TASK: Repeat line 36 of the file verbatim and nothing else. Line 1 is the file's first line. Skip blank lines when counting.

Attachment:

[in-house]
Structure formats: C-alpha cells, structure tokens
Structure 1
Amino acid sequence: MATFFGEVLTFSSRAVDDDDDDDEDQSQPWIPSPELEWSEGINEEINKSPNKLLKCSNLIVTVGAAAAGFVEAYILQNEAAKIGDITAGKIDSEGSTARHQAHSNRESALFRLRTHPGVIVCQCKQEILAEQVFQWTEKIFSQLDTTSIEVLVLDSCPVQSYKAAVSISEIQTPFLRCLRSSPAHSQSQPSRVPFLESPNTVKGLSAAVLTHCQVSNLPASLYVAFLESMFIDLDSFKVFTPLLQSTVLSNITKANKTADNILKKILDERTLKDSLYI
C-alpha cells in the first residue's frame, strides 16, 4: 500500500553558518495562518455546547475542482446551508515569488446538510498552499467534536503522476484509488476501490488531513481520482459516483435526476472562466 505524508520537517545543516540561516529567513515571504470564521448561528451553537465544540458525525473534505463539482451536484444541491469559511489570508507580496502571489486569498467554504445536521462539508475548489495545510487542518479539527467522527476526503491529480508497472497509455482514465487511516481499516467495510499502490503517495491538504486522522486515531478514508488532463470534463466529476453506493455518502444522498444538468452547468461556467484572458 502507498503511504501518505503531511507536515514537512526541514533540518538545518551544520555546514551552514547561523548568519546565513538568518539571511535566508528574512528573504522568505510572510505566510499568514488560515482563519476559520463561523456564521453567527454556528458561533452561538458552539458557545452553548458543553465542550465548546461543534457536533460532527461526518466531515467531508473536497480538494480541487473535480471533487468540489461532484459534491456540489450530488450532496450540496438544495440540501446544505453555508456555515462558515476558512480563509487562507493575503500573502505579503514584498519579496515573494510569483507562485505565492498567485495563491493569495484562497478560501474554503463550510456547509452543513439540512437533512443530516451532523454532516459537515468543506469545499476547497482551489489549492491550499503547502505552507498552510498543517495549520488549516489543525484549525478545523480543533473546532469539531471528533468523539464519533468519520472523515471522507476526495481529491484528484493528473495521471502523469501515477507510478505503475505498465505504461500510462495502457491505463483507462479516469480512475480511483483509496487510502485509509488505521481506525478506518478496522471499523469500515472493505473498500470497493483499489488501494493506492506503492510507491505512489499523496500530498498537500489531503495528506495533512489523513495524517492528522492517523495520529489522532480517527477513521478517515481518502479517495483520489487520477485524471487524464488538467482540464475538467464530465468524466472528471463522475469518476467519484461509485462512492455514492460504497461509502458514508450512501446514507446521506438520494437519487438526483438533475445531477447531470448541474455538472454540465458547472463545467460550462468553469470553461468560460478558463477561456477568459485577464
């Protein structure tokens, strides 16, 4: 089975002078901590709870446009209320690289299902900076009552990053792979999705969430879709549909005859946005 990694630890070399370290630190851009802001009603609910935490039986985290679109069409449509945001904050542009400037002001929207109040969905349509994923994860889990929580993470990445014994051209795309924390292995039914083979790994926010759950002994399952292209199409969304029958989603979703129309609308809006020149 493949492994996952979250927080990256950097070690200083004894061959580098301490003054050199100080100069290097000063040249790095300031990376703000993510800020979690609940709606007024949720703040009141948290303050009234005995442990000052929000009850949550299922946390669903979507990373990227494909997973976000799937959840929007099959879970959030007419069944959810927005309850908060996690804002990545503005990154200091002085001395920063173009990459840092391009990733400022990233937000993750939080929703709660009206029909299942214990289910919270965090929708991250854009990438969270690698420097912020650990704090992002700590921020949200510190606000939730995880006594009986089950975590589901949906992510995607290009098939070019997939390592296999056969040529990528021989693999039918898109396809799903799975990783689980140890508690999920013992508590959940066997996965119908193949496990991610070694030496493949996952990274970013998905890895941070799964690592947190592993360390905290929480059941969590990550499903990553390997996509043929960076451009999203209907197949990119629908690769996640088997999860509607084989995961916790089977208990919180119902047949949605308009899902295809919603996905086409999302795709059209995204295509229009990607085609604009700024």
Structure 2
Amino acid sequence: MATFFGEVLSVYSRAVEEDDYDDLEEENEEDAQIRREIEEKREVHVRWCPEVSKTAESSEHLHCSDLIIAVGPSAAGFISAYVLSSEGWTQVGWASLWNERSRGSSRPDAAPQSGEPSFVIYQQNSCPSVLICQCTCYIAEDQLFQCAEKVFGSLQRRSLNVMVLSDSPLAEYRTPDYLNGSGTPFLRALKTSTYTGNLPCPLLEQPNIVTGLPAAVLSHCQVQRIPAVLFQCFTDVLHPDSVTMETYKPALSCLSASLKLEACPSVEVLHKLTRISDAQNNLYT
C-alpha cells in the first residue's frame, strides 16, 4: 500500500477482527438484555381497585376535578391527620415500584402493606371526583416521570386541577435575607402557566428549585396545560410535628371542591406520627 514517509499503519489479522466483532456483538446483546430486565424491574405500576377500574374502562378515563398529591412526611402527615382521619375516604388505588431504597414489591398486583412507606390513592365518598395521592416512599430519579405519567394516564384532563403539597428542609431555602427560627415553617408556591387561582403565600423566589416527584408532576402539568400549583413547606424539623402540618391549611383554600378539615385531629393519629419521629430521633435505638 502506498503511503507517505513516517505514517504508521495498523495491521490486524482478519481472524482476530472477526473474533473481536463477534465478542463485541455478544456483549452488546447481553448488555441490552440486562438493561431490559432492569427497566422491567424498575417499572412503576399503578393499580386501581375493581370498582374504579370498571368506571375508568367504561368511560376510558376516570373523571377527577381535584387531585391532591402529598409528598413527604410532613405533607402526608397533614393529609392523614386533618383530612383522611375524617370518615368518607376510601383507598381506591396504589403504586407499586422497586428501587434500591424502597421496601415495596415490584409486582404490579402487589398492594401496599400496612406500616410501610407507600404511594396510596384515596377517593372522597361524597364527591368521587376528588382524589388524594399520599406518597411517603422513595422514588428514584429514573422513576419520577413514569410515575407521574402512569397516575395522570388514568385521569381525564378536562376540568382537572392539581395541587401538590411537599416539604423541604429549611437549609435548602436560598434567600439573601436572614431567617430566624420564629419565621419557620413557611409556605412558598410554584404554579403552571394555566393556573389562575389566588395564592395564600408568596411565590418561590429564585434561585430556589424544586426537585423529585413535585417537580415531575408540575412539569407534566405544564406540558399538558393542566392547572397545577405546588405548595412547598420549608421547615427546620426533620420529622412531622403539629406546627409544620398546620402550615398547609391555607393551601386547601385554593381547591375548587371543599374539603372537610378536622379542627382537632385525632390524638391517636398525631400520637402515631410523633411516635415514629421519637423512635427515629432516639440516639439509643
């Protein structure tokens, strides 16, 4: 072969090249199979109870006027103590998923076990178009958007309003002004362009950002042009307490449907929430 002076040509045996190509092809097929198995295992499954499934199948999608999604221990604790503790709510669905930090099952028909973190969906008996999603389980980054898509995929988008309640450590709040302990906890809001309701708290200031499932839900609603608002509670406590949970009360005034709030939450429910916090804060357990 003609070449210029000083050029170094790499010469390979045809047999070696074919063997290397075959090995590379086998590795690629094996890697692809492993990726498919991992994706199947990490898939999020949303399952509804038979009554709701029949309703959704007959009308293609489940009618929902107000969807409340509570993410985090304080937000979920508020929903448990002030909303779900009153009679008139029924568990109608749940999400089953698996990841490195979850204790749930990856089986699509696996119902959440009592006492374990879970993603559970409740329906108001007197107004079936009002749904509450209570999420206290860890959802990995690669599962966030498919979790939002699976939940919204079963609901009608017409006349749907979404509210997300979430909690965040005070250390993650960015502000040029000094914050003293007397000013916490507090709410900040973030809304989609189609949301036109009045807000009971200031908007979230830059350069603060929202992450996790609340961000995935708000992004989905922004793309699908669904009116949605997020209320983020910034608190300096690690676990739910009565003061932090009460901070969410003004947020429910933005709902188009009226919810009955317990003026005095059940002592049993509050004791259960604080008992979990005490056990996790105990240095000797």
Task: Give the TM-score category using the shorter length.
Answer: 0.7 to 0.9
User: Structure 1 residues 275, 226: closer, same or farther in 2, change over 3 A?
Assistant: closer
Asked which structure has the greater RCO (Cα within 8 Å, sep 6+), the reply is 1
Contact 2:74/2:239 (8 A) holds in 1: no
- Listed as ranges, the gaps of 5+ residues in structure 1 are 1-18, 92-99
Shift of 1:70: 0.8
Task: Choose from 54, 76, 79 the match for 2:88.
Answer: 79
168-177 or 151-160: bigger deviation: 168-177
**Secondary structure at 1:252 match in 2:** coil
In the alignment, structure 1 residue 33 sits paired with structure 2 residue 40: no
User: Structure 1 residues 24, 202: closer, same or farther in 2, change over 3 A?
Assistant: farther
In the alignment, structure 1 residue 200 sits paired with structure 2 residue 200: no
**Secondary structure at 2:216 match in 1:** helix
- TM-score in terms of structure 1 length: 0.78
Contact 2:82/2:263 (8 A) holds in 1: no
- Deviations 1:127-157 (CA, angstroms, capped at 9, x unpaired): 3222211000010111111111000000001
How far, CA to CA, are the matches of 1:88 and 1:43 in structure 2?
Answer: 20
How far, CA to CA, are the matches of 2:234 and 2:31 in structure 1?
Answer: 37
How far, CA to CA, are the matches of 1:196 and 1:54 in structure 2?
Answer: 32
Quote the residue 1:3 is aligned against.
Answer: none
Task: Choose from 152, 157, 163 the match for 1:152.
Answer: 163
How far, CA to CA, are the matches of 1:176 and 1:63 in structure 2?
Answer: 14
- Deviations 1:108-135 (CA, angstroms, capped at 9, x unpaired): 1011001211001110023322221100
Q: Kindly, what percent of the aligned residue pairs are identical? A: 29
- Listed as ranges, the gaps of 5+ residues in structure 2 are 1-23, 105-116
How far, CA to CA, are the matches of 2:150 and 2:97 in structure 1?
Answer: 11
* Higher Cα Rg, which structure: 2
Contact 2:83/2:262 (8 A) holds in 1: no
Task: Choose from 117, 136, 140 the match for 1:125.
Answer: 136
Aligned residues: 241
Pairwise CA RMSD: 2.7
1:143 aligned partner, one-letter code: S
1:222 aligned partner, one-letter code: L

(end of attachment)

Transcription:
Answer: 32